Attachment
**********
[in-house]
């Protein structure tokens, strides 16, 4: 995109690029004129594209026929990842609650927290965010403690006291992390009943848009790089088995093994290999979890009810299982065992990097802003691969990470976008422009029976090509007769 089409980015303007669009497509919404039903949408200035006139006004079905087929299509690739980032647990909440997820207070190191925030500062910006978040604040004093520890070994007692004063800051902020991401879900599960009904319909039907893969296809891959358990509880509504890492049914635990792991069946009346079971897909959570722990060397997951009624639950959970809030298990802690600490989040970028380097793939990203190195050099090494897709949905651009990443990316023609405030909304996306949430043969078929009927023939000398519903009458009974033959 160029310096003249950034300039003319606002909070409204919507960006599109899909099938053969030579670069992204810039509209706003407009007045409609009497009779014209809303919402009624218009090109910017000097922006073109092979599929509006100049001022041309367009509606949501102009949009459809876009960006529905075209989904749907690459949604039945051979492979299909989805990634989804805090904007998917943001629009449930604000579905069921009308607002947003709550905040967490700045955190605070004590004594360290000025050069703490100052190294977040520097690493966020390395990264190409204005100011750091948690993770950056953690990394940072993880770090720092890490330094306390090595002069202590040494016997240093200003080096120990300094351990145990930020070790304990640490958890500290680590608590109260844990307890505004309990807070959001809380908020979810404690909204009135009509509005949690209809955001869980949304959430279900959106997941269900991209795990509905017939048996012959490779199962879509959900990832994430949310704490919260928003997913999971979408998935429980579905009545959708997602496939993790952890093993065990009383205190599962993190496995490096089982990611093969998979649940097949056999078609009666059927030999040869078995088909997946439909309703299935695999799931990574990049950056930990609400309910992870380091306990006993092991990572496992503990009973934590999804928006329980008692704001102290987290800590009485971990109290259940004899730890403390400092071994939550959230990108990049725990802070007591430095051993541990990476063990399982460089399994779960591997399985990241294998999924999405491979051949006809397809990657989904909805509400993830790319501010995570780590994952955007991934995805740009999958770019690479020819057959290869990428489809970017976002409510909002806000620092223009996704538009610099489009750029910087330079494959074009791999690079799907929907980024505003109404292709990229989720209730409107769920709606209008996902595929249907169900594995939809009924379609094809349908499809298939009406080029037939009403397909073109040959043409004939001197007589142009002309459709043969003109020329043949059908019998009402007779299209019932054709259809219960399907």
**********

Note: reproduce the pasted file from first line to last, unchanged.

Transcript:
[in-house]
């Protein structure tokens, strides 16, 4: 995109690029004129594209026929990842609650927290965010403690006291992390009943848009790089088995093994290999979890009810299982065992990097802003691969990470976008422009029976090509007769 089409980015303007669009497509919404039903949408200035006139006004079905087929299509690739980032647990909440997820207070190191925030500062910006978040604040004093520890070994007692004063800051902020991401879900599960009904319909039907893969296809891959358990509880509504890492049914635990792991069946009346079971897909959570722990060397997951009624639950959970809030298990802690600490989040970028380097793939990203190195050099090494897709949905651009990443990316023609405030909304996306949430043969078929009927023939000398519903009458009974033959 160029310096003249950034300039003319606002909070409204919507960006599109899909099938053969030579670069992204810039509209706003407009007045409609009497009779014209809303919402009624218009090109910017000097922006073109092979599929509006100049001022041309367009509606949501102009949009459809876009960006529905075209989904749907690459949604039945051979492979299909989805990634989804805090904007998917943001629009449930604000579905069921009308607002947003709550905040967490700045955190605070004590004594360290000025050069703490100052190294977040520097690493966020390395990264190409204005100011750091948690993770950056953690990394940072993880770090720092890490330094306390090595002069202590040494016997240093200003080096120990300094351990145990930020070790304990640490958890500290680590608590109260844990307890505004309990807070959001809380908020979810404690909204009135009509509005949690209809955001869980949304959430279900959106997941269900991209795990509905017939048996012959490779199962879509959900990832994430949310704490919260928003997913999971979408998935429980579905009545959708997602496939993790952890093993065990009383205190599962993190496995490096089982990611093969998979649940097949056999078609009666059927030999040869078995088909997946439909309703299935695999799931990574990049950056930990609400309910992870380091306990006993092991990572496992503990009973934590999804928006329980008692704001102290987290800590009485971990109290259940004899730890403390400092071994939550959230990108990049725990802070007591430095051993541990990476063990399982460089399994779960591997399985990241294998999924999405491979051949006809397809990657989904909805509400993830790319501010995570780590994952955007991934995805740009999958770019690479020819057959290869990428489809970017976002409510909002806000620092223009996704538009610099489009750029910087330079494959074009791999690079799907929907980024505003109404292709990229989720209730409107769920709606209008996902595929249907169900594995939809009924379609094809349908499809298939009406080029037939009403397909073109040959043409004939001197007589142009002309459709043969003109020329043949059908019998009402007779299209019932054709259809219960399907």